Hutto city council

Hutto Mayor Mike Snyder explains that ceiling for people who are disabled is the same for senior citizens for partial tax exemptions. Courtesy of City of Hutto livestream

HUTTO – Hutto City Council approved a pair of ordinances to protect senior citizens and the disabled from property tax increases during its April 15 meeting.

Mayor Mike Snyder explained that the ordinance was needed to address a problem a prior ordinance that set the homestead exemption at $57,000. Snyder said the council’s intent was to protect the elderly and disabled from a property tax increase enacted last year.

The ordinance passed April 15, simply codifies the council’s intent. It reduces the homestead exemption to $30,000, with an accompanying ordinance that puts the same ceiling in place for taxpayers who meet the Williamson County disability criteria. Both ordinances make the same provision for a surviving spouse of a senior citizen or disabled property owner.

Everybody will have a ceiling as they turn 65 and both ordinances will “drop off” in 2022, Snyder added.

Transportation Impact Fee

The council also passed a Transportation Impact Fee that will establish a fee to the developer based on the expected increase in traffic created by the project. A July 2018 ordinance did set a fee, but the city had waived collection in March 2019.

Developers will be required to pay the fee based on the final approved plat.

Mayor Pro Tem

Council members tabled consideration of an ordinance related to the appointment of a mayor pro tem awaiting the outcome of the charter amendment election on May 1.

Councilman Peter Gordon pointed out that the results of the election in two weeks would supersede any decision by the council on April 15.

Attendance policies

Council members debated whether to continue attendance requirements for volunteers who serve on city boards and commissions. The Mayor cited the work load placed on city staff to maintain attendance records on the large number of boards and commissions. Some only meet four times a year or less, while others meet every two weeks.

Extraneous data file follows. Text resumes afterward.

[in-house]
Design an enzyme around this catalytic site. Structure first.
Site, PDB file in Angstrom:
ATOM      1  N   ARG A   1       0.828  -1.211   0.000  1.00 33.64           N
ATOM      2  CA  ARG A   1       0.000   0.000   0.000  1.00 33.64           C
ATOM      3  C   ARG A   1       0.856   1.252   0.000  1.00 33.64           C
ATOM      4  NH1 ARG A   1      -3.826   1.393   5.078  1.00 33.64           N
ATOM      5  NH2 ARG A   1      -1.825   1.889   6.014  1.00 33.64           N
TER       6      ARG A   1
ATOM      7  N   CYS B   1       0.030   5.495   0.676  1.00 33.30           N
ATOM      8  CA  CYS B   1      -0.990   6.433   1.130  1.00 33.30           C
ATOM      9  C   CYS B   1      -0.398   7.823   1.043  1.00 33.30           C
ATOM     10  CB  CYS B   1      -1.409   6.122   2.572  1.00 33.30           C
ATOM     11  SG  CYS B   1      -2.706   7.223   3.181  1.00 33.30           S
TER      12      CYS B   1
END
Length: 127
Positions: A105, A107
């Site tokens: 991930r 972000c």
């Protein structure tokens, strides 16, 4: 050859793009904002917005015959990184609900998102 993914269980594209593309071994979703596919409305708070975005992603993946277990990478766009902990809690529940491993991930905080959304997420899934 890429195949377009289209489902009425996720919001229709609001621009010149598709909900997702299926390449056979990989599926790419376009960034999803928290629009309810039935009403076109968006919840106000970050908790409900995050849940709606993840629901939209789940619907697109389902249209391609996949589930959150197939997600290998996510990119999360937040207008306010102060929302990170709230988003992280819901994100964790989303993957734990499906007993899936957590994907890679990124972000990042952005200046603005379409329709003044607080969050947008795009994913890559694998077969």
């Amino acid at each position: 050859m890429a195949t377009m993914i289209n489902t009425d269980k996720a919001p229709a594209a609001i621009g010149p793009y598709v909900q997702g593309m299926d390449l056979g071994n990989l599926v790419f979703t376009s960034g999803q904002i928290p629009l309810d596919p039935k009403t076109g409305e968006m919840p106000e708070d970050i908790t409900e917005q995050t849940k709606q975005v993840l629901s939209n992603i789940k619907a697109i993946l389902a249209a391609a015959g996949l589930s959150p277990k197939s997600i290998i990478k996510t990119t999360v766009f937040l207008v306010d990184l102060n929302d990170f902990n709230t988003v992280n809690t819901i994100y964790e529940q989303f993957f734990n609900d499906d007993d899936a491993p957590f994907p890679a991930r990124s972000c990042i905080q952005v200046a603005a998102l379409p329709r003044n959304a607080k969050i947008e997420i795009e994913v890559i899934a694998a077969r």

Council members Salvo and Sutton expressed their view that attendance requirements help establish accountability. Each of the boards has to establish a quorum to conduct business and each of the members has to remain aware of the business before the group.

A board member is subject to removal if they miss 25 percent of the meetings within a calendar year.

Citizen comments voiced the importance of members living within the city limits, as opposed to residents within the ETJ.

Perry Savard, chair of the Parks Advisory Board, told the council that the board chairs are fully aware of the attendance records of their fellow members, and it’s not necessary for city staff to keep attendance records.

Savard also voiced concern about designating a specific city official for board chairs to work with on attendance concerns and other matters. He noted that the council liaison for the Parks Advisory Board was not at the April 15 meeting, and he didn’t expect her to be present in the future.

Savard also argued for the necessity of keeping some discretion to excuse absences for good reason. One valuable board member recently underwent heart surgery but has an outstanding record of service on the board.

Snyder pointed out that the element of discretion invites subjectivity into the question of whether to remove a board member, opening the door to litigation.

The mayor also said many council members were not aware of the ordinance establishing attendance requirements, which meant it had not been enforced. Snyder also referred to the recent removal of a member of the Ethics Review Board for a comment made to another person in the parking lot after a meeting.

The council ultimately passed a revised version of the amendment that allows board vacancies to be filled, and will take up attendance requirements at a future meeting.

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